It’s still a lot of ageism. I used data in order to combat ageism. “Hey, you don’t believe me? I’m going to point to data that you trust, so you now … be more seriously.” I always use data as a way to deflect ageism.

Pete Mockaitis
Oh yeah.

Dan Schawbel
And then … 2012 I had a great opportunity to analyze four million Millennial Facebook profiles. That campaign went well. Then I’ve just been addicted to data ever since because it’s … almost like you’re an archeologist and you’re digging up the next dinosaur bone. For me it’s I want to find something new, discover it, and bring it into the world, and distribute it to others so it benefits them.

From a corporate standpoint, from an individual standpoint, I think data is extremely valuable in today’s society when everyone’s thinking about the ROI of everything and also just to really identify what’s really happening in the pulse of the workplace.

Pete Mockaitis
Oh yeah. I’m right with you there. I don’t remember who said it. I think it was when I was learning to become a consultant at Bain. They said, “The only thing you can really rely on to be heard and credible and persuasive when you look so young and don’t know diddly yet about the industry is a fact.”

It was like, “Yup,” sure enough, a fact is a fact. They go, “Huh, okay. Well then that’s something that we’re going to work with a little bit.” As opposed to your opinion and you’re pontificating on how things should be when you’re not yet trusted for your pontifications. So I’m right with you there on the data.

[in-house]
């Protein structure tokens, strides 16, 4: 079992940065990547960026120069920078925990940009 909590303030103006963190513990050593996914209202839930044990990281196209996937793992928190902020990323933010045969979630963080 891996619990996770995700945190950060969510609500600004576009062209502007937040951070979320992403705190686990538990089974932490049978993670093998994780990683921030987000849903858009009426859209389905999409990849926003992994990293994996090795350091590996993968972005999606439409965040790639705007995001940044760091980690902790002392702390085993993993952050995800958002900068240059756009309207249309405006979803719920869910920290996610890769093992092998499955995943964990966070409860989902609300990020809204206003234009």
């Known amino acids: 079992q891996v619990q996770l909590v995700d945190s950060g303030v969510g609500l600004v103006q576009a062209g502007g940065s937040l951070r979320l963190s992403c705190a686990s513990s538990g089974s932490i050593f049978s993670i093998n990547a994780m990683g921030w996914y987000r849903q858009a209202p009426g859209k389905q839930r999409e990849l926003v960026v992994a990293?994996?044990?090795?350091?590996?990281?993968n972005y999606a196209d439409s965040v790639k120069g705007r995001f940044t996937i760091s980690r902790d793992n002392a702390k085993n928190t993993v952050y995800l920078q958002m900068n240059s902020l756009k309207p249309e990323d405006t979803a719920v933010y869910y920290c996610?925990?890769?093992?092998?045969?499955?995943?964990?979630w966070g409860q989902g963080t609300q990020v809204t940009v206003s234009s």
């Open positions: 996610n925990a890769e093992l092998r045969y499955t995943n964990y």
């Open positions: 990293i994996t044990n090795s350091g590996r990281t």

Tell me when it comes to focusing on fulfillment, could you maybe set a little bit of an expectation on the grand scheme of fulfillment, I think it’s fair to say that no job will fulfill your every wish, want, desire, and need for that to bring about fulfillment and happiness in your life.

At the same time, I think there’s plenty of room to keep the bar higher than, “Well, you know, it’s a job. It’s a job and they pay me.” What do you think is sort of acceptable and to expect from a career versus asking for too much or too little?

Dan Schawbel
What I would say is it’s trial and error. What’s really interesting that I’ve been thinking about over the past year is no one has this all figured out. We’re all tweaking our careers. We’re pivoting. We’re learning more about ourselves as we experience new jobs and new projects.

For me, it took me a while to figure out what my mission was. I started young, of course, that helped, but I didn’t really put all the pieces together in my head until maybe three years ago when I came up with my mission statement that I put on my website. I now say I love research more than anything else. That’s why I’m like the chief question officer in a way because that’s a really key part of research in many ways.